Isocrates, on corrupt politicians

“For a long time now we have been corrupted by men who have no other ability than to cheat, men who are so disdainful of the mass of ordinary people that whenever they want to incite hostilities against anyone, these men who take money to speak,* they dare to say that we need to imitate our ancestors, not allow those looking on to mock us, and deny the sea to those who are unwilling to pay us their contributions.”

*Probably that they accepted bribes.

διεφθάμεθα γὰρ πολὺν ἤδη χρόνον ὑπ᾽ἀνθρώπων οὐδὲν ἀλλ᾽ἢ φενακίζειν δυναμἐνων, οἳ τοσοῦντον τοῦ πλήθους καταπεφρονήκασιν ὥσθ᾽, ὁπόταν βουληθῶσι πόλεμον πρός τινας ἐξενεγκεῖν, αύτοὶ χρήματα λαμβάνοντες λέγειν τολμῶσιν ὡς χρὴ τοὺς προγόνους μιμεῖσθαι, καὶ μὴ περιορᾶν ἡμᾶς αὐτοὺς καταγελωμένους μηδὲ τὴν θάλατταν πλέοντας τοὺς μὴ τὰς συντάξεις ἐθέλοντας ἡμῖν ὑποτελεῖν.

Isocrates, 8.36

The Greek world was particularly unstable in the 350s BCE and Athens had long since lost most of its dominant position in the Aegean. In this decade, Isocrates, already the Grand Old Man of the Athenian political scene, published his On the Peace, which is dedicated to the virtues of peace. He goes on to ask these politicians what, exactly, they mean by emulating their ancestors and suggesting several possibilities, including the battle of Marathon, which was nearly as long ago in his time as is the American Civil War is to this time. Isocrates then attacks the hypocrisy of these politicians who simultaneously heap praise upon their ancestors and act in the opposite manner.

Isocrates should not be mistaken for a bleeding heart in On The Peace. He can be high-minded in his values, but the overriding concern in this speech is the preservation of Athens and the Athenian democracy. Toward that end, he is unflinching in his opposition of politicians who put their private interests ahead of the state.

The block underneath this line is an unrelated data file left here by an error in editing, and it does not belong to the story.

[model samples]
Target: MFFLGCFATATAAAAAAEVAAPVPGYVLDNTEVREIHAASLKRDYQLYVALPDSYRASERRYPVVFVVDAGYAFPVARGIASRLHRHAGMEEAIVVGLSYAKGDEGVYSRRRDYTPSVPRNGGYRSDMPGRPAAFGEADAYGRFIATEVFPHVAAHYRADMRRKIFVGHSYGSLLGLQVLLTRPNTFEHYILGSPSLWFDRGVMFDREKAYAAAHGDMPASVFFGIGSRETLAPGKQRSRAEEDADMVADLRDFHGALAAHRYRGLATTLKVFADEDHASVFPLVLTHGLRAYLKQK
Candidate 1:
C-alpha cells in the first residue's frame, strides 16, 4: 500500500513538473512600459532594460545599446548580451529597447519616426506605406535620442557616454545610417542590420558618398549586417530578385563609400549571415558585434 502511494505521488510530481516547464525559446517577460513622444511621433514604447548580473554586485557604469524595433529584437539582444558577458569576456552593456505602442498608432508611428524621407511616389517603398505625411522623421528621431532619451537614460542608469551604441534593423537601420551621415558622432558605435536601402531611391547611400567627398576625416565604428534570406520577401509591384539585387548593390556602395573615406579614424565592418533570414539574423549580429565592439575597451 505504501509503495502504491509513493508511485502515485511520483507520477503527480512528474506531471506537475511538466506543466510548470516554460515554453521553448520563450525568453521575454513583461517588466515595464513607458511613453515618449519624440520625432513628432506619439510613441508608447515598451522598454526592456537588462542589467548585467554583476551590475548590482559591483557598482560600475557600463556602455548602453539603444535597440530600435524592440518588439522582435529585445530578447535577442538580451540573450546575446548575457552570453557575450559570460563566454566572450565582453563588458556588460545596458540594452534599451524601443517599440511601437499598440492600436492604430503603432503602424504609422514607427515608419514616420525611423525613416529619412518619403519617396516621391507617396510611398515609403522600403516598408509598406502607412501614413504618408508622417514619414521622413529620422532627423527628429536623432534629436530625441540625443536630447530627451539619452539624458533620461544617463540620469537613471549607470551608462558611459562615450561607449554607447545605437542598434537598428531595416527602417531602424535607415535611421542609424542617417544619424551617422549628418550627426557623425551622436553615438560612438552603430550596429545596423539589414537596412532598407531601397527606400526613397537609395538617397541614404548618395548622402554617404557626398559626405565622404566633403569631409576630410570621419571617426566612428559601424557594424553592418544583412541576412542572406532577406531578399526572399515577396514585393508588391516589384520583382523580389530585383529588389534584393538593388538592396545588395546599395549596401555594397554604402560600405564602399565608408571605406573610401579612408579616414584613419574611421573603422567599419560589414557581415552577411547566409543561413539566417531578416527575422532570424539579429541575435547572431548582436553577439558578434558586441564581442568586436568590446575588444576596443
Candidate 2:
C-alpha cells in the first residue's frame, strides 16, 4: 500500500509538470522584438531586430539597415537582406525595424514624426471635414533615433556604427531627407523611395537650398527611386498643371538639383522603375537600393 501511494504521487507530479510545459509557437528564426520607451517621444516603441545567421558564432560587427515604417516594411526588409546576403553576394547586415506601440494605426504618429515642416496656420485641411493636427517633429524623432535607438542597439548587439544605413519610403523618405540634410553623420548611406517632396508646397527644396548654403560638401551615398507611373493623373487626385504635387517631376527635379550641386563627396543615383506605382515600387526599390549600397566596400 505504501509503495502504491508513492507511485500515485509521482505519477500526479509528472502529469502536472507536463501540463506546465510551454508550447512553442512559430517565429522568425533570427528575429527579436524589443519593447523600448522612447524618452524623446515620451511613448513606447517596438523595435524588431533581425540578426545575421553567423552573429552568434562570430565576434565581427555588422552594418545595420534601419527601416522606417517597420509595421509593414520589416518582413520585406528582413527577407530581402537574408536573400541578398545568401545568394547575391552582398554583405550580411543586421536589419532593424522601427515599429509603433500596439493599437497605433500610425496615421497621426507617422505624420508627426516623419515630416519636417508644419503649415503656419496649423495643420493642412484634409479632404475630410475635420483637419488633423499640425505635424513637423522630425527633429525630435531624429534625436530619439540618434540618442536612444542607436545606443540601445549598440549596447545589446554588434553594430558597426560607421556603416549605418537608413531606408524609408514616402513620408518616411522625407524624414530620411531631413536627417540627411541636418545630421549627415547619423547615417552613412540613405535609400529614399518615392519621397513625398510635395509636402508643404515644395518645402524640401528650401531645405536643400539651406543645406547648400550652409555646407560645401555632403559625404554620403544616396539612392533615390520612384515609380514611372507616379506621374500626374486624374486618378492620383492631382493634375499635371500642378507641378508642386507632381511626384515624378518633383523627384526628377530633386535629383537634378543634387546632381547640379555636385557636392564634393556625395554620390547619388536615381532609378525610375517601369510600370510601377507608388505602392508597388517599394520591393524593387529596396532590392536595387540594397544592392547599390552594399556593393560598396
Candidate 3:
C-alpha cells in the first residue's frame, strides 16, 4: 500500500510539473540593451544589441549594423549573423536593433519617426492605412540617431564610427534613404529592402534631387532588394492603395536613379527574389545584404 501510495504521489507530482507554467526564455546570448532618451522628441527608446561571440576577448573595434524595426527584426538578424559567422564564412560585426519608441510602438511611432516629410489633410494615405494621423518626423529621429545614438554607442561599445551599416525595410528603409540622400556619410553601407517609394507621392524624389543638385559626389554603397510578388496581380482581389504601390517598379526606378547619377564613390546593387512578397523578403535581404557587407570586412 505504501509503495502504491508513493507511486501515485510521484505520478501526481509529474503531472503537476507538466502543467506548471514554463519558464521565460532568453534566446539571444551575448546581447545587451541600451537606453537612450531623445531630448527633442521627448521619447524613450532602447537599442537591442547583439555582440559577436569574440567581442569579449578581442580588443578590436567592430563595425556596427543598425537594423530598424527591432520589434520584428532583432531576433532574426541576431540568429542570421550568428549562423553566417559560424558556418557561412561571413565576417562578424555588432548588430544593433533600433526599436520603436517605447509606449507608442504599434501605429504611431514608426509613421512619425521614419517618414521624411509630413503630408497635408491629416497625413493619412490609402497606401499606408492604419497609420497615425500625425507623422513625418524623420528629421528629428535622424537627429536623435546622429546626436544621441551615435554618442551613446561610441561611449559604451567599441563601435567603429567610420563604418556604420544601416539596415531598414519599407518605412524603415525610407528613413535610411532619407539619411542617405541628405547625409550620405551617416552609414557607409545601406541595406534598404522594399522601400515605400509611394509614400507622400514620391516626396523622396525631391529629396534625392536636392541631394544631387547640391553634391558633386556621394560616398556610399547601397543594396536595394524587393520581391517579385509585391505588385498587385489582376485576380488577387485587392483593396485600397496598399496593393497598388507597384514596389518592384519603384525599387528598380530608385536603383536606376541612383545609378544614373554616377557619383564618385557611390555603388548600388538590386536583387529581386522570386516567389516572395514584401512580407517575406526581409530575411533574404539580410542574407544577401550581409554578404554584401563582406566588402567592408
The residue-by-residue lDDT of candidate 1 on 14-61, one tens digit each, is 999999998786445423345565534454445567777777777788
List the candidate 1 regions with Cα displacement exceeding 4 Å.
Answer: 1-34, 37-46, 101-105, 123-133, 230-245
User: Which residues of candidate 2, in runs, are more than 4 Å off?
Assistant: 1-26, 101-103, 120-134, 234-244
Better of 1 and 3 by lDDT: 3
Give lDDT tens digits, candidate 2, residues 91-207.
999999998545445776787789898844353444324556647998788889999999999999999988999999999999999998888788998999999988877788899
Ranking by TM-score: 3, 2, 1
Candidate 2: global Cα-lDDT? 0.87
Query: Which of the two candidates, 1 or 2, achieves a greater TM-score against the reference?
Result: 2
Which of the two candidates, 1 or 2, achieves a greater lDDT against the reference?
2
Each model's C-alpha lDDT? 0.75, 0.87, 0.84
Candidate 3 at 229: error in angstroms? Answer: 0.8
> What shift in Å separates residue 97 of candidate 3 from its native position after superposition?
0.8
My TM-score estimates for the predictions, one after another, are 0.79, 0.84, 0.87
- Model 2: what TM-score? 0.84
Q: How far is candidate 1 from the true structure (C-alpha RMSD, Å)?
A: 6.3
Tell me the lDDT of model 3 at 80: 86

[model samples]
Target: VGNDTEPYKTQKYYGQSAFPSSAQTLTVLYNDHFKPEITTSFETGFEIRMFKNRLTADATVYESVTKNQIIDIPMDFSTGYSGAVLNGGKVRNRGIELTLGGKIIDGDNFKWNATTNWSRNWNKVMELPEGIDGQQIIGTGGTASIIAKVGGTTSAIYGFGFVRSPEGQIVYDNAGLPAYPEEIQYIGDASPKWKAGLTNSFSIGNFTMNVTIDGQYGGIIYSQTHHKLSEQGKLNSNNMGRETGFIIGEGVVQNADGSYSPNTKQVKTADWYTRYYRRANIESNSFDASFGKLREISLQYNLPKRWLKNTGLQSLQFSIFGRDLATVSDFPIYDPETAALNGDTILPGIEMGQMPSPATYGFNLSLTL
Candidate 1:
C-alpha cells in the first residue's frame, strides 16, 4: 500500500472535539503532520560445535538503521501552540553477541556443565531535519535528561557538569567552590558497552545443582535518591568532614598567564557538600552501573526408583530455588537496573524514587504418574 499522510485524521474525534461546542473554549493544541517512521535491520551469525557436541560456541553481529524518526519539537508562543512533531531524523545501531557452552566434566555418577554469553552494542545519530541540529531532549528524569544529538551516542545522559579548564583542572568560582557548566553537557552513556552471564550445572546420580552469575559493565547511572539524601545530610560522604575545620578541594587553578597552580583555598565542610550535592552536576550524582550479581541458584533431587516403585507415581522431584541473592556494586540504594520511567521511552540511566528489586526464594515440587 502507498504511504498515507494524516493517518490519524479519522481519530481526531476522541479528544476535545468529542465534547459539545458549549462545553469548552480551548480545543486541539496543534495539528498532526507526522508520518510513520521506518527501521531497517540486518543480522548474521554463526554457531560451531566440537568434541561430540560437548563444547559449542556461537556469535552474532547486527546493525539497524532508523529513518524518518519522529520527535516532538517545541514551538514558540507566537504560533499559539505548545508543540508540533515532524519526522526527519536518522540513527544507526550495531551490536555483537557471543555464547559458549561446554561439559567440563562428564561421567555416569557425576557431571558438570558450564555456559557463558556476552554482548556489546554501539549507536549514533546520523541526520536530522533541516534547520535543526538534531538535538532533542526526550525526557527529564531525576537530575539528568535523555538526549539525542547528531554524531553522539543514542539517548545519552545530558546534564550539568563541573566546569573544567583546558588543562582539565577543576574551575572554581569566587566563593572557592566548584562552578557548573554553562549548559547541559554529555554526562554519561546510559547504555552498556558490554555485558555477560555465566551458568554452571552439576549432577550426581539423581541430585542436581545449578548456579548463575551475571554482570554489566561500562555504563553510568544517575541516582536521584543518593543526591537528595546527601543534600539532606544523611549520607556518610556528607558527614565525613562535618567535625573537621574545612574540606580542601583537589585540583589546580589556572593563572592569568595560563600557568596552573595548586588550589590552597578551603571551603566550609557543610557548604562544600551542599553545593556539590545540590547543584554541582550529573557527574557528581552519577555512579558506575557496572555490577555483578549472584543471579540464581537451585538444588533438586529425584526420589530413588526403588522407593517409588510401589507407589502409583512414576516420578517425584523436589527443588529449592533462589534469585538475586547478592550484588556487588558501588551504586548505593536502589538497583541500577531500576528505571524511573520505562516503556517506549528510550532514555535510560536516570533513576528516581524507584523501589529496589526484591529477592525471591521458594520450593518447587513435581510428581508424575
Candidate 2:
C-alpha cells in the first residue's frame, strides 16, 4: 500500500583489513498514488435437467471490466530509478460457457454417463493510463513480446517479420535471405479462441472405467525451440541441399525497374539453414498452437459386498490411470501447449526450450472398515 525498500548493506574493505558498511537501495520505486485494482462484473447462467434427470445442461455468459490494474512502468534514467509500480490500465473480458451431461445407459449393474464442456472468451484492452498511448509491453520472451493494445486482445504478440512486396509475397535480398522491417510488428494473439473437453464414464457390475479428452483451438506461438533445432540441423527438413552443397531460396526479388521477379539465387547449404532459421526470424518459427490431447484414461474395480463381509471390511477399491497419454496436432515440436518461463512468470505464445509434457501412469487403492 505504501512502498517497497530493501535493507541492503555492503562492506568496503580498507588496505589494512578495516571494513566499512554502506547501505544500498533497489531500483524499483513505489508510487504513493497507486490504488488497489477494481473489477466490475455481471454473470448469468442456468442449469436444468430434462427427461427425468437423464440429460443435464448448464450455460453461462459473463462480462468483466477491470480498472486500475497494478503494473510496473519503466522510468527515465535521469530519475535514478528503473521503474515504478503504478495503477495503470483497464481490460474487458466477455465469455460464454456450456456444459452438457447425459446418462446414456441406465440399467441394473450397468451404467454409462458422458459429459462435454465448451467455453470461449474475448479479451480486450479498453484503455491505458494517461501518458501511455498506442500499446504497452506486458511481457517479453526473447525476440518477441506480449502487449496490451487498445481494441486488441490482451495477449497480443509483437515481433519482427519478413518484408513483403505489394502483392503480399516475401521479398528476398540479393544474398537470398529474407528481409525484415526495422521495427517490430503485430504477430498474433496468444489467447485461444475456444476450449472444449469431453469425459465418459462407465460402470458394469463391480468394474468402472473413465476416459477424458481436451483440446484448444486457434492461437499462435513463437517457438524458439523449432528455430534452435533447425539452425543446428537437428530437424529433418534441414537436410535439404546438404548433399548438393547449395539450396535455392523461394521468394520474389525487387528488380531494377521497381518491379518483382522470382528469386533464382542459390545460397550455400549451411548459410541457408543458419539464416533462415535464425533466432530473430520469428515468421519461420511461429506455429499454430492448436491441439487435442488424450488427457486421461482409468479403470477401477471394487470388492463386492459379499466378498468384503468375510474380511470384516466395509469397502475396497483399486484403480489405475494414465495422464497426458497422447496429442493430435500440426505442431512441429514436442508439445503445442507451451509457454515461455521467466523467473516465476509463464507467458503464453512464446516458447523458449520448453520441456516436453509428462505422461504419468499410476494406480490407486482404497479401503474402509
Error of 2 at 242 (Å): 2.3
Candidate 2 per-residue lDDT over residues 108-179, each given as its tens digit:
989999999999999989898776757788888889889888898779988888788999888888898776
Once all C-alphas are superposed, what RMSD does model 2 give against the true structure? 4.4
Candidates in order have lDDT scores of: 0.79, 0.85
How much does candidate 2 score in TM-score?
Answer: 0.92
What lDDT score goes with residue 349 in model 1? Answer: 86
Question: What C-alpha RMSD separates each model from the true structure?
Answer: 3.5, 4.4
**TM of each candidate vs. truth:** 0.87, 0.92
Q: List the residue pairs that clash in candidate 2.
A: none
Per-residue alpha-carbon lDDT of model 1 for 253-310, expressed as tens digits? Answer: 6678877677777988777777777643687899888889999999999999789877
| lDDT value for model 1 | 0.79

“We may restore the polis and make it better, first by appointing as advisors the sort of men for common affairs as those we would wish for our private ones, that we may stop considering sycophants* as public councilors and the men who are good and true** to be of the oligarchic faction, recognizing that no man belongs by nature to one of these, but for each they wish to establish the type of government that will accord them honor.”***

* Here, in the root sense of the word as prosecutors who took up court cases in the hopes of currying favor or receiving money.
** A loaded Greek phrase that probably holds both the meaning of the people in the aristocratic strata of society and “good people”.
*** Honor here is somewhat ambiguous, but probably best encapsulates advancing their political power and, with it, opportunities for economic enhancement.

ἔστι δ᾽ἐξ ὧν ἂν ἐπανορθώσαιμεν τὰ τῆς πόλεως καὶ βελτίω ποιήσαιμεν, πρῶτον μὲν ἢν συμβούλους ποιώμεθα τοιούτους περὶ τῶν κοινῶν, οἵους περ ἂν περὶ τῶν ἰδίων ἡμῖν εἶναι βουληθεῖμεν, καὶ παυσὠμεθα δημοτικοὺς μὲν εἶναι νομίζοντες τοὺς συκοφάντας, ὀλιγαρχικοὺς δὲ τοὺς καλοὺς κἀγαθοὺς τῶν ἀνδρῶν, γνόντες ὅτι φύσει μὲν οὐδεὶς οὐδέτερον τοὐτων ἐστίν, ἐν ᾗ δ᾽ἂν ἕκαστοι τιμῶνται, ταύτην βούλονται καθεστάναι τὴν πολιτείαν.

Isocrates, 8.133

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